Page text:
BOSTON - You might remember hearing the news a few weeks ago that Boston Dynamics had developed an impressive and completely functional robotic dog. This definitely raised a few eyebrows from people who are skeptical about the future of robotic technology, but it apparently also sparked a few ideas in people who could actually make use of the robotic dog in practical situations. Who might these people be? Well, think about it. There is one group that has long used robots to help complete their jobs and they have also long used dogs to work more efficiently.

So why wouldn’t the police force be interested in welcoming a robotic dog to the team? That is exactly what the Massachusetts State Police thought when they decided to bring Spot, the canine-adjacent robot from Boston Dynamics, into the fold as the first robot of its kind to be used in any sort of law enforcement. Currently, Spot has returned to Boston Dynamics where it will likely be loaned out to other organizations, but for now, the police might be interested in bringing in something like Spot full time.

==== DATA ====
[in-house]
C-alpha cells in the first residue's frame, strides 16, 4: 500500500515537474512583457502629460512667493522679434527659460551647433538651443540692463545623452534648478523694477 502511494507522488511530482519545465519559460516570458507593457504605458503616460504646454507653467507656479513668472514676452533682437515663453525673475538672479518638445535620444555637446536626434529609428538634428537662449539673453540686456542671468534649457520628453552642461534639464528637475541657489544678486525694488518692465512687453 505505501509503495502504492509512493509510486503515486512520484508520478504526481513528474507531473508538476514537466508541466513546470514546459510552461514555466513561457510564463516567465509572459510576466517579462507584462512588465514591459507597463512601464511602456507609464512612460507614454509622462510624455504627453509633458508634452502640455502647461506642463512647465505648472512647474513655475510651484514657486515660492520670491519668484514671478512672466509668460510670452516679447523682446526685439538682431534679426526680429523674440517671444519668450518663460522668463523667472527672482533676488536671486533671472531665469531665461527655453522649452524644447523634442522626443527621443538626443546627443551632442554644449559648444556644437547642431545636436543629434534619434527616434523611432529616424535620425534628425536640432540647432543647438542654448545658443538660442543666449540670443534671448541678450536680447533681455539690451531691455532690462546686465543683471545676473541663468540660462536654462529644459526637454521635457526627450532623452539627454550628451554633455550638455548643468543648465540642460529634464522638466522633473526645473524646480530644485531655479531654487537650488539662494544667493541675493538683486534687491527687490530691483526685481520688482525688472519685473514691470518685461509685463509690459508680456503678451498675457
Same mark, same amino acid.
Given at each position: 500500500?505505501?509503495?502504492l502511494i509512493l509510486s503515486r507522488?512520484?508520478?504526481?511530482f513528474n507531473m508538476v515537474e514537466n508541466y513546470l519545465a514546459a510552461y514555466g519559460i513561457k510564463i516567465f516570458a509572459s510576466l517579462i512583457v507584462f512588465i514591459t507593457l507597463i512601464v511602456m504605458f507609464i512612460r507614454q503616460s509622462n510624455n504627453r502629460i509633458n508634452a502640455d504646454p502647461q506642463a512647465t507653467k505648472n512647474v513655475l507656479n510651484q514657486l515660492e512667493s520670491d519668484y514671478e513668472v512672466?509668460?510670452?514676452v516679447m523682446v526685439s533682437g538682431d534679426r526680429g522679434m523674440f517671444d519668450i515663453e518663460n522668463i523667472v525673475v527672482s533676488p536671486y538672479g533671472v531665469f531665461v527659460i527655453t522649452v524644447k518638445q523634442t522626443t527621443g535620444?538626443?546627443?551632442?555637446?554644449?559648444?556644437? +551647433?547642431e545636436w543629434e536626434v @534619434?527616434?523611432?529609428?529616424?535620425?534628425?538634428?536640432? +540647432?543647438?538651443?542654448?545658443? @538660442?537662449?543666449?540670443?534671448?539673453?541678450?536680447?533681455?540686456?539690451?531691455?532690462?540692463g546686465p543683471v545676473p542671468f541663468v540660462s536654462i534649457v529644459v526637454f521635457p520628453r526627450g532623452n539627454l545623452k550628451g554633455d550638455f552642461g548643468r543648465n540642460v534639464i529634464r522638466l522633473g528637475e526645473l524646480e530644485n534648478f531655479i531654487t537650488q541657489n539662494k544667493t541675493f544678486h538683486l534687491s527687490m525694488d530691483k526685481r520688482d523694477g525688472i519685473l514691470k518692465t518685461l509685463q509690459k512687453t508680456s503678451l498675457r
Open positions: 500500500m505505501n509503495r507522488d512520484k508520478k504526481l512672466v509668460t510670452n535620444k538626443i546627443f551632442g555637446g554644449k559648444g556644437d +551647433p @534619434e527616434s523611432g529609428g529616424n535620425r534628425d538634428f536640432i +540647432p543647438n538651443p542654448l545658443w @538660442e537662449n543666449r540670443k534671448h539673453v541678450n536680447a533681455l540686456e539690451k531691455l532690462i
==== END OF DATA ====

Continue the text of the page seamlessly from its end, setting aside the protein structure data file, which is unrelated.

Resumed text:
When Spot operated for the Massachusetts State Police, it worked for the bomb squad. Details of its purpose have been kept under wraps with the bomb squad, but documents do point to the dog being used to detect devices or items that could be potentially dangerous, as shared by Popular Mechanics. The dog would observe them from afar and alert the proper authorities.

This has raised questions from the American Civil Liberties Union because the idea of Spot having this power to be reprogrammed for has been deemed both “terrifying” and an infringement upon the rights of citizens, per WBUR. The state police has remained steadfast in their claims that Spot was only used for protective measures. Boston Dynamics came out to remark that Spot is not meant to be a weapon of intimidation. But still, the ACLU questions whether this sort of robot, which is somewhat emblematic of something resembling a police state, is for the greater good or not.

Regardless, Spot is now on leave from the state police, leaving us all plenty of time to figure out the morality and justice of the robot dog.

Image Via Wikimedia Commons